As the film progresses, the question of Ripley’s nature becomes less a matter of thing versus person than of alien versus human. A pivotal moment occurs when Ripley 8 is confronted with a room full of failed clones, all of which are horrific combinations of human and Xenomorph physiognomy. Ripley 8 is appalled by the collection, and responds to the seventh clone’s request for death by burning down everything in the room. Immediately afterwards, she threatens one of the scientists with her flamethrower, turning her anger on the representative of the people who created her. Call talks her down, denying her the opportunity to punish those responsible for the Ripleys’ suffering. After this scene, which ends with a particularly awful moment in which a man dismisses her actions as a waste of ammo caused by “a chick thing,” Ripley has ample reason to hate the humans.
Despite this, she retains some recollection of the original Ripley’s devotion to humanity, and she tries to understand it. In order to do this, she turns to another somewhat human person, Call, and asks her why she cares what happens to the humans. Call tells her that she is programmed to do so, and Ripley replies, “You’re programmed to be an asshole?” It’s a strange connection to make; how does caring about people make someone an asshole? Is this an attempt to show the difference between Ripley 8 and the original, who cared deeply about people as individuals and as a group? It may be, but it could also tell us that Ripley 8 is finding it difficult to cope with the failure that seemed to accompany her original’s every success. Ripley explains that she once understood how it felt not to be able to let humans destroy themselves: “I tried to save... people. It didn’t work out. There was this girl. She had bad dreams. I tried to help her. She died. Now I can’t even remember her name.” She tells Call about the effects of her original’s experiences: “When I sleep, I dream about them. It. Every night. All around me, in me. I used to be afraid to dream, but not anymore. … Because no matter how bad the dreams get, when I wake up it’s always worse.” Caring about people doesn’t necessarily make someone an asshole, but the miserable existence that Ripley 8 associates with caring about people might.
Unfortunately, her life doesn’t get much better following this discussion. Just when we learn that she is still trying to cope with the death of her adopted daughter, the alien queen she sort of gave birth to demands her attention. Ripley is called into the aliens’ nest, where the queen is giving birth, thanks to a human reproductive system she developed as a result of the hybridization that occurred during the cloning process. From her womb emerges the Newborn, a more fully realized alien-human hybrid, who immediately kills her and adopts Ripley as its new mother. It clearly feels betrayed when Ripley nevertheless causes it to be sucked out, piece by piece, into the vacuum of space.
I initially intended to analyze these final scenes as a continuation of the series’ treatment of motherhood, but nothing in these scenes really tells us anything new about Ripley, except, perhaps, that this version of her is willing to choose the human race over a creature that isn’t really her child. Sure, she’s genuinely sorrowful and apologetic, but she’s still getting rid of the alien threat, securing the cradle of human civilization just before the Xenomorphs can reach it.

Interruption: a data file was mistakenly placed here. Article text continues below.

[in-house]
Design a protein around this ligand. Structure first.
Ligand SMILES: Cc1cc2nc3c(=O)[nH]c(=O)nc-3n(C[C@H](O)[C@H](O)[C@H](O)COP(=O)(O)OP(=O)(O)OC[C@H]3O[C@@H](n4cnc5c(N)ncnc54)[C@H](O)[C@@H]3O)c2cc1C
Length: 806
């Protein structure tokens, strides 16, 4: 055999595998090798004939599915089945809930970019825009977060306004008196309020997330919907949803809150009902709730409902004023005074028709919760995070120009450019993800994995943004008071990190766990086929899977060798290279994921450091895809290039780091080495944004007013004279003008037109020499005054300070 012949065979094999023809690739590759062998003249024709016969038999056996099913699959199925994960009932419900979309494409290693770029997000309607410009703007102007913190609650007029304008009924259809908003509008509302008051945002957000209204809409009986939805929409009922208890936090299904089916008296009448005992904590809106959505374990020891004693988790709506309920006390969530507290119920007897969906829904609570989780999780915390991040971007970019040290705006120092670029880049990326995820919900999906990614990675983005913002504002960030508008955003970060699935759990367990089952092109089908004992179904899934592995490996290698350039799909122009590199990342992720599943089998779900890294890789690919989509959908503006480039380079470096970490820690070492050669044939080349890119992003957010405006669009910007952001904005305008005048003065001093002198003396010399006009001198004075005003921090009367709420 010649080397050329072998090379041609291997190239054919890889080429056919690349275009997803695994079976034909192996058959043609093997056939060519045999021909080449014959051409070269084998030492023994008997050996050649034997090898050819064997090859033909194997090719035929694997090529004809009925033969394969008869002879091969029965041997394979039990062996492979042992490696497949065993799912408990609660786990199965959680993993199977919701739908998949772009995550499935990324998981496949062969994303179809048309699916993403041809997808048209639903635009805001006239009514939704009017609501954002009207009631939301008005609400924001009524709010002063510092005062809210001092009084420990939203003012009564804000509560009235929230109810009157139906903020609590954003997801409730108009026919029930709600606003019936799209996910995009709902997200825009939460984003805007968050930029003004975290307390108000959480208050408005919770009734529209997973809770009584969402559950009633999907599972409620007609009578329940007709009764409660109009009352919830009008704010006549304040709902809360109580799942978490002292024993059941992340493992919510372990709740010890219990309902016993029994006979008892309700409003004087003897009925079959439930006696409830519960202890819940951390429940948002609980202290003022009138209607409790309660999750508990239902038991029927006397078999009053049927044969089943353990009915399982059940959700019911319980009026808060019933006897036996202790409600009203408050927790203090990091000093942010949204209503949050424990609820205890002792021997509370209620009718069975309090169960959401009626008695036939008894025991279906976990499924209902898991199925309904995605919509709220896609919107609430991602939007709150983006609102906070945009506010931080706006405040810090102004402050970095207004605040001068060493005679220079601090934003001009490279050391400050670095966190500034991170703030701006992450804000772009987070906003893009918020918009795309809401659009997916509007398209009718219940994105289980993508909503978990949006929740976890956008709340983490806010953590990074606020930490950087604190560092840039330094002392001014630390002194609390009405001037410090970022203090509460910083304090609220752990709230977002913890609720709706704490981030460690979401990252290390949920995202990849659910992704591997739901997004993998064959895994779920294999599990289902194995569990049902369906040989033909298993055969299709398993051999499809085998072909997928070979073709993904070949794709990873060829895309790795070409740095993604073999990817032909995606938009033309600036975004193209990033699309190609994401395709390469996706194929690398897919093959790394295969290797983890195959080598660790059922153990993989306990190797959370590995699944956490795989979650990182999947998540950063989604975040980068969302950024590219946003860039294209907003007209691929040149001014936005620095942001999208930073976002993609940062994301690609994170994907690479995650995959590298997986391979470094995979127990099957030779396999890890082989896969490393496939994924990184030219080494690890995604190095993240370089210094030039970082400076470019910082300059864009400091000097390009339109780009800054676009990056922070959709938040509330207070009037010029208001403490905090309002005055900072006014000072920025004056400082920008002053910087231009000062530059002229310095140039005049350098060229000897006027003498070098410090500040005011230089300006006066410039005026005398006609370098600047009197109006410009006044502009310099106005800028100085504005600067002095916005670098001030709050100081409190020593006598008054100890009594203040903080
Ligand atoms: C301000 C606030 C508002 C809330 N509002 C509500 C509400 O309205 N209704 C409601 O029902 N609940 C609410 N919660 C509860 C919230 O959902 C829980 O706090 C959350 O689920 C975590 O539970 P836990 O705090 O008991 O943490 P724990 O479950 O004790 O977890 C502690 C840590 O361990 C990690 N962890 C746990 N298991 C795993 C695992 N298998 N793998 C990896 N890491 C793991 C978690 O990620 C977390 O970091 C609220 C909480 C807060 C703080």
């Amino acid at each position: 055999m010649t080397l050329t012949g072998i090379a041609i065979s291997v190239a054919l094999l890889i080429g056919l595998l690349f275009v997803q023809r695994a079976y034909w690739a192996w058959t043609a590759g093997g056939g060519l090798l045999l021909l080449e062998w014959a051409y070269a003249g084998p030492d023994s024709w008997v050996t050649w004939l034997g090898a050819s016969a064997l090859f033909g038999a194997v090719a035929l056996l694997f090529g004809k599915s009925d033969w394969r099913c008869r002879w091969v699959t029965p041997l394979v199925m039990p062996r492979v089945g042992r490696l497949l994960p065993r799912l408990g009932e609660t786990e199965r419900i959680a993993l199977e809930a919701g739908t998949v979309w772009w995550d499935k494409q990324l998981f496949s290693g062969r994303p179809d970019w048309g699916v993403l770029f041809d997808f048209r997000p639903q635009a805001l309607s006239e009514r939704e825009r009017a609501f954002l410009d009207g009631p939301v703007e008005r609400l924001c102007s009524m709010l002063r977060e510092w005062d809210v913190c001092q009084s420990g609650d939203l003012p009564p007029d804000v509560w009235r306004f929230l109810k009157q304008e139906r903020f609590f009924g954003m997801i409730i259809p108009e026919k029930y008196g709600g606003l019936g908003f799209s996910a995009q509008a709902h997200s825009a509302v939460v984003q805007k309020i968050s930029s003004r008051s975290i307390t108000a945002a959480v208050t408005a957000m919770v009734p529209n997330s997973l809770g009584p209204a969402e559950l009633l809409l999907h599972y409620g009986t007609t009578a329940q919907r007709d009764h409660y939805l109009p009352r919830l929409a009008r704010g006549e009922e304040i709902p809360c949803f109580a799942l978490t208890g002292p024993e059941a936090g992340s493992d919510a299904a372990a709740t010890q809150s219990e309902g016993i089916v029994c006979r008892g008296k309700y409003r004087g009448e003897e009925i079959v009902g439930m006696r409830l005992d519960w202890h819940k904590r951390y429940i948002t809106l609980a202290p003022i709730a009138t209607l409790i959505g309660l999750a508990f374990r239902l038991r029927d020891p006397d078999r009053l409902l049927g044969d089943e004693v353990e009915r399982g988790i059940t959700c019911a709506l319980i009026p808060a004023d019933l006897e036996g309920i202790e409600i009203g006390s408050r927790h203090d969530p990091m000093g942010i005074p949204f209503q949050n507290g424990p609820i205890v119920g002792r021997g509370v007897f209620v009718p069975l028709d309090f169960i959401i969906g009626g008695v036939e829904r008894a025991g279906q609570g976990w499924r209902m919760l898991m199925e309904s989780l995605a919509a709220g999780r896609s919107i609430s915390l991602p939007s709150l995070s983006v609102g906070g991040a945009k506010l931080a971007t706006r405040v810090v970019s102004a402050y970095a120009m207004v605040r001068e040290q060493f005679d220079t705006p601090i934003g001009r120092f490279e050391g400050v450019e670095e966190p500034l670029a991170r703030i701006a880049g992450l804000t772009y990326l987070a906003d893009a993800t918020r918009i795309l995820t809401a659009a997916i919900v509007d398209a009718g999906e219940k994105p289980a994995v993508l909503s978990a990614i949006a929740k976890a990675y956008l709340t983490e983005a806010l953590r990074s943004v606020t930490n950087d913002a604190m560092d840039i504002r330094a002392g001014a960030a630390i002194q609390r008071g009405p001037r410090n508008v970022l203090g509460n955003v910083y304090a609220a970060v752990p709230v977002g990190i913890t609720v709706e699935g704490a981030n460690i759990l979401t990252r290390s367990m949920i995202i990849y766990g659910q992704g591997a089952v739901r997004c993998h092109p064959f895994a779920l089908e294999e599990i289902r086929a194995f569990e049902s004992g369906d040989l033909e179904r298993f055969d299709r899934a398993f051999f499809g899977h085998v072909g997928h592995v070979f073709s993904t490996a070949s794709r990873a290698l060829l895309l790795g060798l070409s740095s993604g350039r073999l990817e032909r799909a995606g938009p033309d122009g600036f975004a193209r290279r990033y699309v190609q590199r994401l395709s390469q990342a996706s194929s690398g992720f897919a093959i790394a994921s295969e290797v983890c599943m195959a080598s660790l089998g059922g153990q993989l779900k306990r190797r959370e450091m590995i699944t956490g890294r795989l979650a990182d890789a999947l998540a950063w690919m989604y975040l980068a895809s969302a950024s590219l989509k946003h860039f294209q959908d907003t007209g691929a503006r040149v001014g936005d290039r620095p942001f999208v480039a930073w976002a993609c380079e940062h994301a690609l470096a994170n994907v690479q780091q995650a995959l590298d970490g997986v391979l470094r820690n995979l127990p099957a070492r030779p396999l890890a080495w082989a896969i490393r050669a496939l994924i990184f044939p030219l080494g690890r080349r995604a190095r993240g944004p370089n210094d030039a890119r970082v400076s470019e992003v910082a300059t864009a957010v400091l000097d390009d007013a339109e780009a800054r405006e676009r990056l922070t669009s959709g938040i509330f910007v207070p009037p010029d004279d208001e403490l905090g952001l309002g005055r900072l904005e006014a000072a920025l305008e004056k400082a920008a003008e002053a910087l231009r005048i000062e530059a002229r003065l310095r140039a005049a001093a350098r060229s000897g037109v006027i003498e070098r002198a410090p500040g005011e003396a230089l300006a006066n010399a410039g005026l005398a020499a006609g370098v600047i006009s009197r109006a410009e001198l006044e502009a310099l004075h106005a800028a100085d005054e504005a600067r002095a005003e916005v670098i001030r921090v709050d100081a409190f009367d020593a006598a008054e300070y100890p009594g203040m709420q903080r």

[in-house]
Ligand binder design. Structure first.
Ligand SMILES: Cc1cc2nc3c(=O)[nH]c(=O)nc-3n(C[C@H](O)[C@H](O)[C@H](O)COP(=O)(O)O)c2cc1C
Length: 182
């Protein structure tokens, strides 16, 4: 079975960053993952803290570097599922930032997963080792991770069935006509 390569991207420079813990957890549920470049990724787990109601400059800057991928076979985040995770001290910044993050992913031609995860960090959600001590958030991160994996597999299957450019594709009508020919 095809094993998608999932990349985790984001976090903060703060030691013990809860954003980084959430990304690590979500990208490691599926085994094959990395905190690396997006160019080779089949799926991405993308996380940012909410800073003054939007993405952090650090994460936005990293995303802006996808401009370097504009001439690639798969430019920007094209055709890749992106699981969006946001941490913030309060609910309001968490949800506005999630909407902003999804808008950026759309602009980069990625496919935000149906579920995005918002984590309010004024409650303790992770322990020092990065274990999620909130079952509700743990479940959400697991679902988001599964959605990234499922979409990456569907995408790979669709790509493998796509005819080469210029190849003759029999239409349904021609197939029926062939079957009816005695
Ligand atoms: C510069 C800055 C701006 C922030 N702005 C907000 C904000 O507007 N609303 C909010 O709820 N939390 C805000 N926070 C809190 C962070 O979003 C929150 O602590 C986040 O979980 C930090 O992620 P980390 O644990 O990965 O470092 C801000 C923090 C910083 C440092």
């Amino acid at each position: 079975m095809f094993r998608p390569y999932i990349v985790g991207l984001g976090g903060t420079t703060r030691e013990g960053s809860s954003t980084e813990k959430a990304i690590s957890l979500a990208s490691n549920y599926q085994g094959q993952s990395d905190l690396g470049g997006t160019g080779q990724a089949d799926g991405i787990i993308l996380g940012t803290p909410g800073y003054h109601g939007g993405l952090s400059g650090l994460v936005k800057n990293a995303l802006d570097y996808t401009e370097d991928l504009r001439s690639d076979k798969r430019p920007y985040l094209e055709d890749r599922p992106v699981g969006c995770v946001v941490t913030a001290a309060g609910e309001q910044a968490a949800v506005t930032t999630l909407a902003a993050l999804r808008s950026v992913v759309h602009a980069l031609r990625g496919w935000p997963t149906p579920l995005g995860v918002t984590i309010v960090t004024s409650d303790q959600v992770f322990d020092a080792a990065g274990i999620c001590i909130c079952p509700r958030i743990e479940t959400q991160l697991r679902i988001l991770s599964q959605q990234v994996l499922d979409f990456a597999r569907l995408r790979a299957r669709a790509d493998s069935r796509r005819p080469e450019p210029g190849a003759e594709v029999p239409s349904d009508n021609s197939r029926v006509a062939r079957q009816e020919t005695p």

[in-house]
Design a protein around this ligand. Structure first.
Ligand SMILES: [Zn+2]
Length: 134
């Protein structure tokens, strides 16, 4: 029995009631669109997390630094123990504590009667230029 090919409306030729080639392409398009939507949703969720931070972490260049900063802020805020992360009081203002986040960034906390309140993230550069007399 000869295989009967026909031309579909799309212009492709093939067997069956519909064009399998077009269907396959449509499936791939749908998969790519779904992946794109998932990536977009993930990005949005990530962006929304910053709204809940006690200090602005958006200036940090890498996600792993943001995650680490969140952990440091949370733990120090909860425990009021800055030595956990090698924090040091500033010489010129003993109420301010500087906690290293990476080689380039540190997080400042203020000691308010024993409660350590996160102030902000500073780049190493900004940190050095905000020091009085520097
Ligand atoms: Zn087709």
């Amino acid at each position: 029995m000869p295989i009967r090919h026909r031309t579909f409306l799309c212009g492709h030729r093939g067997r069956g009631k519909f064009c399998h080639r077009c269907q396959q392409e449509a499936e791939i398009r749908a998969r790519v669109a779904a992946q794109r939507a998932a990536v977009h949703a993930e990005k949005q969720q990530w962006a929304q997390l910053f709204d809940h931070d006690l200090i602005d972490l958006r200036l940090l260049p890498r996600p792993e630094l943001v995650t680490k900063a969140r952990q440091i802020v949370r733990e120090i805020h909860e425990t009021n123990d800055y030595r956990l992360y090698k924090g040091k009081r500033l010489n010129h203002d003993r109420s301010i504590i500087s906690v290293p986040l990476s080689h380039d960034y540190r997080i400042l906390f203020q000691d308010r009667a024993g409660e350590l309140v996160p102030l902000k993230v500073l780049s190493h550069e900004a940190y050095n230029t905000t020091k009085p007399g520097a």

Except she doesn’t actually save Earth, because there’s no Earth left to save. Technically, the planet still exists, but the people she spent four movies protecting are already gone. Earth appears to have been abandoned for decades.
Throughout the series, Ripley has two goals: destroy the Xenomorphs and go home to Earth. In Alien: Resurrection, she finally achieves both of these goals, but what should be a happy ending is ultimately a betrayal of the series. Ripley wanted to eradicate the aliens in order to prevent them from getting back to Earth and wiping out humanity; though she suffered tremendously, she knew it was worth it to keep people safe. However, when she arrives on Earth, it seems that humans have done a fine job of destroying it all on their own. Despite her efforts, the planet she gave her life to protect is still in shambles. Strengthening the blow is Ripley’s final line: “I’m a stranger here myself.” By having Ripley remind us that, as a clone, she has never actually stepped foot on Earth, the film cheapens its hero’s triumphant return. She does not go home; instead, she emerges into a new kind of strange alien landscape. She doesn’t lose, but she certainly doesn’t win.
In the interest of staying on topic, I’ve left out many of the the truly monstrous aspects of Alien: Resurrection: its often hammy acting, its awkward dialogue, and its parodic disregard for earlier instalments in the series, including the random replacement of MU-TH-UR with FA-TH-UR and the announcement that the omnipotent corporation, Weyland-Yutani, had been bought out by Walmart. It is a confused movie, a parody of the Alien films that nevertheless sees itself as the final part of the series, like a terrible version of Galaxy Quest whose creators intended it to be a proper Star Trek sequel. It’s the kind of monster you’d consider keeping under your bed, if only to keep it away from your television screen.
Verdict: Strong Female Character™. I’m not giving full credit to a version of Ripley that the original character would detest.